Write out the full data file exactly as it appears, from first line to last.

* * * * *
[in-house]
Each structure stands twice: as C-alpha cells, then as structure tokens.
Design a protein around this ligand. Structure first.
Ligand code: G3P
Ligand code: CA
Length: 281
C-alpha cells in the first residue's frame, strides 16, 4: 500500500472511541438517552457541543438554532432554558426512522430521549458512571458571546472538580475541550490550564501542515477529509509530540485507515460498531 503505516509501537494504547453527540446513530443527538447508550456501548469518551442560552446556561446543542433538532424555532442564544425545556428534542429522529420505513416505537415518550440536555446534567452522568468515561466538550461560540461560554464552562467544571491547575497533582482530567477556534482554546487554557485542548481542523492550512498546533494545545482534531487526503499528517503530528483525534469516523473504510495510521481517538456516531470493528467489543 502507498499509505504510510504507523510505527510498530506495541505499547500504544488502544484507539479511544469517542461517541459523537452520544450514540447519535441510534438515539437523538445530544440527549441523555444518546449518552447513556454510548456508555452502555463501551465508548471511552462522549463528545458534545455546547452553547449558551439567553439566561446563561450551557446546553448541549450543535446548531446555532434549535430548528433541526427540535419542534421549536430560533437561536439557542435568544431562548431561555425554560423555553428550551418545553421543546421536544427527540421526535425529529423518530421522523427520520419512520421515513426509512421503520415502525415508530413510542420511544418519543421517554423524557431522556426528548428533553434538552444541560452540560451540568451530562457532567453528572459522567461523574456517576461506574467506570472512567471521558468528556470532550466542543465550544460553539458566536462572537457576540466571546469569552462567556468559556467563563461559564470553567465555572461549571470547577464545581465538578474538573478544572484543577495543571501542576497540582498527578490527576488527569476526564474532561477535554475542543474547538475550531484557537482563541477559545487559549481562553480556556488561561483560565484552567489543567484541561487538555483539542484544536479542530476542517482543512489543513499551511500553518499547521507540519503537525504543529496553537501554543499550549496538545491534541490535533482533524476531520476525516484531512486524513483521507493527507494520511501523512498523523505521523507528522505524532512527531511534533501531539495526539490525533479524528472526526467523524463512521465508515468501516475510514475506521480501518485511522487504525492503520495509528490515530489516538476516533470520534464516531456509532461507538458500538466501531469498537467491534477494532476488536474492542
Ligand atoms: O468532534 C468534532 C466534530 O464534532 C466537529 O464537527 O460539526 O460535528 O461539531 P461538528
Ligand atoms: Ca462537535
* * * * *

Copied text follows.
[in-house]
Each structure stands twice: as C-alpha cells, then as structure tokens.
Design a protein around this ligand. Structure first.
Ligand code: G3P
Ligand code: CA
Length: 281
C-alpha cells in the first residue's frame, strides 16, 4: 500500500472511541438517552457541543438554532432554558426512522430521549458512571458571546472538580475541550490550564501542515477529509509530540485507515460498531 503505516509501537494504547453527540446513530443527538447508550456501548469518551442560552446556561446543542433538532424555532442564544425545556428534542429522529420505513416505537415518550440536555446534567452522568468515561466538550461560540461560554464552562467544571491547575497533582482530567477556534482554546487554557485542548481542523492550512498546533494545545482534531487526503499528517503530528483525534469516523473504510495510521481517538456516531470493528467489543 502507498499509505504510510504507523510505527510498530506495541505499547500504544488502544484507539479511544469517542461517541459523537452520544450514540447519535441510534438515539437523538445530544440527549441523555444518546449518552447513556454510548456508555452502555463501551465508548471511552462522549463528545458534545455546547452553547449558551439567553439566561446563561450551557446546553448541549450543535446548531446555532434549535430548528433541526427540535419542534421549536430560533437561536439557542435568544431562548431561555425554560423555553428550551418545553421543546421536544427527540421526535425529529423518530421522523427520520419512520421515513426509512421503520415502525415508530413510542420511544418519543421517554423524557431522556426528548428533553434538552444541560452540560451540568451530562457532567453528572459522567461523574456517576461506574467506570472512567471521558468528556470532550466542543465550544460553539458566536462572537457576540466571546469569552462567556468559556467563563461559564470553567465555572461549571470547577464545581465538578474538573478544572484543577495543571501542576497540582498527578490527576488527569476526564474532561477535554475542543474547538475550531484557537482563541477559545487559549481562553480556556488561561483560565484552567489543567484541561487538555483539542484544536479542530476542517482543512489543513499551511500553518499547521507540519503537525504543529496553537501554543499550549496538545491534541490535533482533524476531520476525516484531512486524513483521507493527507494520511501523512498523523505521523507528522505524532512527531511534533501531539495526539490525533479524528472526526467523524463512521465508515468501516475510514475506521480501518485511522487504525492503520495509528490515530489516538476516533470520534464516531456509532461507538458500538466501531469498537467491534477494532476488536474492542
Ligand atoms: O468532534 C468534532 C466534530 O464534532 C466537529 O464537527 O460539526 O460535528 O461539531 P461538528
Ligand atoms: Ca462537535